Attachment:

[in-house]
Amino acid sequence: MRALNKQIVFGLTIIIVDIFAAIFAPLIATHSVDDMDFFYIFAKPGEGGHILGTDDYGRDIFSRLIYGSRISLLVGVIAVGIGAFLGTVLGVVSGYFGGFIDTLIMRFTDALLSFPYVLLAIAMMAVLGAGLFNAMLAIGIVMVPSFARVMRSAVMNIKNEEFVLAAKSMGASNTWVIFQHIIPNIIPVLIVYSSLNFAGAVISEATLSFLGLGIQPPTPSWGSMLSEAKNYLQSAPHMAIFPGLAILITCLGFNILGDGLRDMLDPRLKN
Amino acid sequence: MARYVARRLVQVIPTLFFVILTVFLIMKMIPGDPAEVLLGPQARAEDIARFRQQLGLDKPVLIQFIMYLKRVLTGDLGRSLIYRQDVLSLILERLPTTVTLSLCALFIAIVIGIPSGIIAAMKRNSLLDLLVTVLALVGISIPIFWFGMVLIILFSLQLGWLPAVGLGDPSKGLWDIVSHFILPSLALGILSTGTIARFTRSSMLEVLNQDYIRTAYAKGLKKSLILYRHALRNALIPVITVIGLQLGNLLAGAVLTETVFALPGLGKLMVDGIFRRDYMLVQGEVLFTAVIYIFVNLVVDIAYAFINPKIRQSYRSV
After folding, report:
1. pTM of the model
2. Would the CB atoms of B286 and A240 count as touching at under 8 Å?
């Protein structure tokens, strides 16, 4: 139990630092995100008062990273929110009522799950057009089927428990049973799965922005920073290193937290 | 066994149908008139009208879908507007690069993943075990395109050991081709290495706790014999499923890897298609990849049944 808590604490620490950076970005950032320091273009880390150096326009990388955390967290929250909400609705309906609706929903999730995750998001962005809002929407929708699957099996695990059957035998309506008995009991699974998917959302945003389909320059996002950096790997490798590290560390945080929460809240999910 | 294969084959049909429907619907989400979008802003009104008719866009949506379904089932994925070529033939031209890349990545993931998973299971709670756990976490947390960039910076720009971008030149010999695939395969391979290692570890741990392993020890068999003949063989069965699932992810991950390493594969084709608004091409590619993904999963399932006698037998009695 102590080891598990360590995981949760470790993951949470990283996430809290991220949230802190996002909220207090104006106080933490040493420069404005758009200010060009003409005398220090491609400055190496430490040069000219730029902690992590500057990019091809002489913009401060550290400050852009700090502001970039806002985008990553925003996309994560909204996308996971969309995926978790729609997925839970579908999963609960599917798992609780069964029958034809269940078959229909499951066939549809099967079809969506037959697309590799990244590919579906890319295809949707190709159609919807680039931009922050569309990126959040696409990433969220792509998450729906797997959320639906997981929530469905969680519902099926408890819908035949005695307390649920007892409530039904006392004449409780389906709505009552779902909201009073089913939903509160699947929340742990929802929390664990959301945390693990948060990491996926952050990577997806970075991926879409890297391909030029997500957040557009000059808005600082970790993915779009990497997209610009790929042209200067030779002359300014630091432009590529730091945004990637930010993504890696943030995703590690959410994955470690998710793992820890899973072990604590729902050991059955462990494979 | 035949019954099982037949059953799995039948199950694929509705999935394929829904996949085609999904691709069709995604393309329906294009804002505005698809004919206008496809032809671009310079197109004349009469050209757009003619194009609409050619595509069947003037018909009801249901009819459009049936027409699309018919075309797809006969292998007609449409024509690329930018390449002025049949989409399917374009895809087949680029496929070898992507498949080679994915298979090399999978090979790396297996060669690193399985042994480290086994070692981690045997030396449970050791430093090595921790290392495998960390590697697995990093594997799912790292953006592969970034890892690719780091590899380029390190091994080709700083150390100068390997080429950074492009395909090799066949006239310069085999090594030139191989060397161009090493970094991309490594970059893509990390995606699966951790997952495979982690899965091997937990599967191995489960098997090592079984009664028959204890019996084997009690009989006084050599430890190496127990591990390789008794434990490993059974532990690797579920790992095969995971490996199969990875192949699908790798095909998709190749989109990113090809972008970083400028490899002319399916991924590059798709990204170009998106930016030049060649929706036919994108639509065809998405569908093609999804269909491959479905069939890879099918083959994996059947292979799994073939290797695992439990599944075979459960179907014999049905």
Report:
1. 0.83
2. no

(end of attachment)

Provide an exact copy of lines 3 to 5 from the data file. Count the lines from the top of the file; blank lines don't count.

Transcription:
Amino acid sequence: MARYVARRLVQVIPTLFFVILTVFLIMKMIPGDPAEVLLGPQARAEDIARFRQQLGLDKPVLIQFIMYLKRVLTGDLGRSLIYRQDVLSLILERLPTTVTLSLCALFIAIVIGIPSGIIAAMKRNSLLDLLVTVLALVGISIPIFWFGMVLIILFSLQLGWLPAVGLGDPSKGLWDIVSHFILPSLALGILSTGTIARFTRSSMLEVLNQDYIRTAYAKGLKKSLILYRHALRNALIPVITVIGLQLGNLLAGAVLTETVFALPGLGKLMVDGIFRRDYMLVQGEVLFTAVIYIFVNLVVDIAYAFINPKIRQSYRSV
After folding, report:
1. pTM of the model